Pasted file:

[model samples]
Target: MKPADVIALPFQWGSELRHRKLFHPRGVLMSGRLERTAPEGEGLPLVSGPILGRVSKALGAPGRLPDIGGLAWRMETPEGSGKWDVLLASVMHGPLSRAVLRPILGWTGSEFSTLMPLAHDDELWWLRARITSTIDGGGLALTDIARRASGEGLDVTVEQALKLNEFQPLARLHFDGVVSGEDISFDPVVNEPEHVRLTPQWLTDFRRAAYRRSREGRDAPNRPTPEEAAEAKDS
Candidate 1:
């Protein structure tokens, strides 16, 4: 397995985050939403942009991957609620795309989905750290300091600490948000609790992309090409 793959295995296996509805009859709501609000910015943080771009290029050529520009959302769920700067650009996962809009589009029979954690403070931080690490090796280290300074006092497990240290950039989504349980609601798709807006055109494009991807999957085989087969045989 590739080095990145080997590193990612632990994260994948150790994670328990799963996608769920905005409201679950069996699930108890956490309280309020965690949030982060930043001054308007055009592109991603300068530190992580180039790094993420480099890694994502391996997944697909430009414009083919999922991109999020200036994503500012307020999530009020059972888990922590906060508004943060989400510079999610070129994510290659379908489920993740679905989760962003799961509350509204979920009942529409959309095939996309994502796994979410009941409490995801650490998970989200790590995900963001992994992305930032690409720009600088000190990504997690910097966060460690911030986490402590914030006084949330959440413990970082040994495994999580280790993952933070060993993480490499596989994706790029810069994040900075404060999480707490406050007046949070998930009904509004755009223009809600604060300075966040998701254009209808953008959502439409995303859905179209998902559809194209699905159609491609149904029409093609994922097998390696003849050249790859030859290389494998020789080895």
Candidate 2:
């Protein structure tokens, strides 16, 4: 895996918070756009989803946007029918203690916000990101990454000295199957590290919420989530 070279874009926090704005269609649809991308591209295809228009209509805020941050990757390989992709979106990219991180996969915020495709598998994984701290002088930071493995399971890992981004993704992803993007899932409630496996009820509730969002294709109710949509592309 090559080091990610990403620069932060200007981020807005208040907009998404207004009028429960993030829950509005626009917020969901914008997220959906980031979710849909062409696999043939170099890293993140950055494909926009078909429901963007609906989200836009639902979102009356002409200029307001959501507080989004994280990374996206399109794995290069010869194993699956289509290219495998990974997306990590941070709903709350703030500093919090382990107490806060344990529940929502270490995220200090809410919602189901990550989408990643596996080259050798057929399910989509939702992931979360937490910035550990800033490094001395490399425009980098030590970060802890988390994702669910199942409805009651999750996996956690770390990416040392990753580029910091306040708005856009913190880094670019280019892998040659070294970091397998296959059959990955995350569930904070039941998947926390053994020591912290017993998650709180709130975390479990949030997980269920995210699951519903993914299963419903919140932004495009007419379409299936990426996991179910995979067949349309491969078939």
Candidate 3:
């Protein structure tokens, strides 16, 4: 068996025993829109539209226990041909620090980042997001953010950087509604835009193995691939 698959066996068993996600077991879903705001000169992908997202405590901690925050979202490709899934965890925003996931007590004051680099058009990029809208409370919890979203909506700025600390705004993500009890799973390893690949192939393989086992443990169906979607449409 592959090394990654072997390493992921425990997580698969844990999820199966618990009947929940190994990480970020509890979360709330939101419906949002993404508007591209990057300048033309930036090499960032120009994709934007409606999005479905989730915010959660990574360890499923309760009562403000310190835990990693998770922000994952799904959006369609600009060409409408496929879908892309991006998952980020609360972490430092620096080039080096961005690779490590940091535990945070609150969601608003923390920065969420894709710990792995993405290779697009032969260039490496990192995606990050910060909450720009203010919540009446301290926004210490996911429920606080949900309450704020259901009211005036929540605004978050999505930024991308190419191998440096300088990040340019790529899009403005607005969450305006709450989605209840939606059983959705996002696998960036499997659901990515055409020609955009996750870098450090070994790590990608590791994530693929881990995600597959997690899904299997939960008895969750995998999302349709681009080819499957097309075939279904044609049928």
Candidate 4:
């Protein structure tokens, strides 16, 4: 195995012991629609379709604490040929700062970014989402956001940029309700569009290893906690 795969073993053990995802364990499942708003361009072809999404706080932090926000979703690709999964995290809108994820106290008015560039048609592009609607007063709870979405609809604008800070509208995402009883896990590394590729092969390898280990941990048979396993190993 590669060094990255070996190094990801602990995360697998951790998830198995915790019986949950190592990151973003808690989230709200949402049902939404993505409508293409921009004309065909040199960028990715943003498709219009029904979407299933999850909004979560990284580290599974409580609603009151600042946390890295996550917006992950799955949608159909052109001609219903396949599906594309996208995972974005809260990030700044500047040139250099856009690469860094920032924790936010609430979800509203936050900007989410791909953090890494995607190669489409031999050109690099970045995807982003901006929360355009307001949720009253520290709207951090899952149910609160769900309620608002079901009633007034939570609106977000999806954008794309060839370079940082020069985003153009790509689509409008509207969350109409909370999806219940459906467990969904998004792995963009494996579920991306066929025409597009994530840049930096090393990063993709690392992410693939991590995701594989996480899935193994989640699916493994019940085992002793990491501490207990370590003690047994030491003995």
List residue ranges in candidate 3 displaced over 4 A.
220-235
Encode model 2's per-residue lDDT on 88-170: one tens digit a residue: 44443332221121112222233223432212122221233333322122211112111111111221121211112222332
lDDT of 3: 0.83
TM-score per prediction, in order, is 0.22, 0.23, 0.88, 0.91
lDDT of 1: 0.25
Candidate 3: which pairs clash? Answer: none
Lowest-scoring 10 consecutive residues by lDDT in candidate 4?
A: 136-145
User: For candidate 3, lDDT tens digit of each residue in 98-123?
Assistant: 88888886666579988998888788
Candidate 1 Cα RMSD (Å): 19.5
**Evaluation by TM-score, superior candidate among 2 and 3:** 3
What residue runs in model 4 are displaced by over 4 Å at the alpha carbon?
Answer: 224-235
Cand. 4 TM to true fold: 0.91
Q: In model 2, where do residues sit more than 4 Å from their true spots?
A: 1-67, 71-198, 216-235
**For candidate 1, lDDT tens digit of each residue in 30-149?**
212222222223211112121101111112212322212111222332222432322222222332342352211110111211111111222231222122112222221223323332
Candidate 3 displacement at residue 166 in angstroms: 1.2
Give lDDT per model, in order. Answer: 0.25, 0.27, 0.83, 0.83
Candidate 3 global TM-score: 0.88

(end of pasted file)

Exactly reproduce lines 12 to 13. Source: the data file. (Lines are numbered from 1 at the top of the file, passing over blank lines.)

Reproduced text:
220-235
Encode model 2's per-residue lDDT on 88-170: one tens digit a residue: 44443332221121112222233223432212122221233333322122211112111111111221121211112222332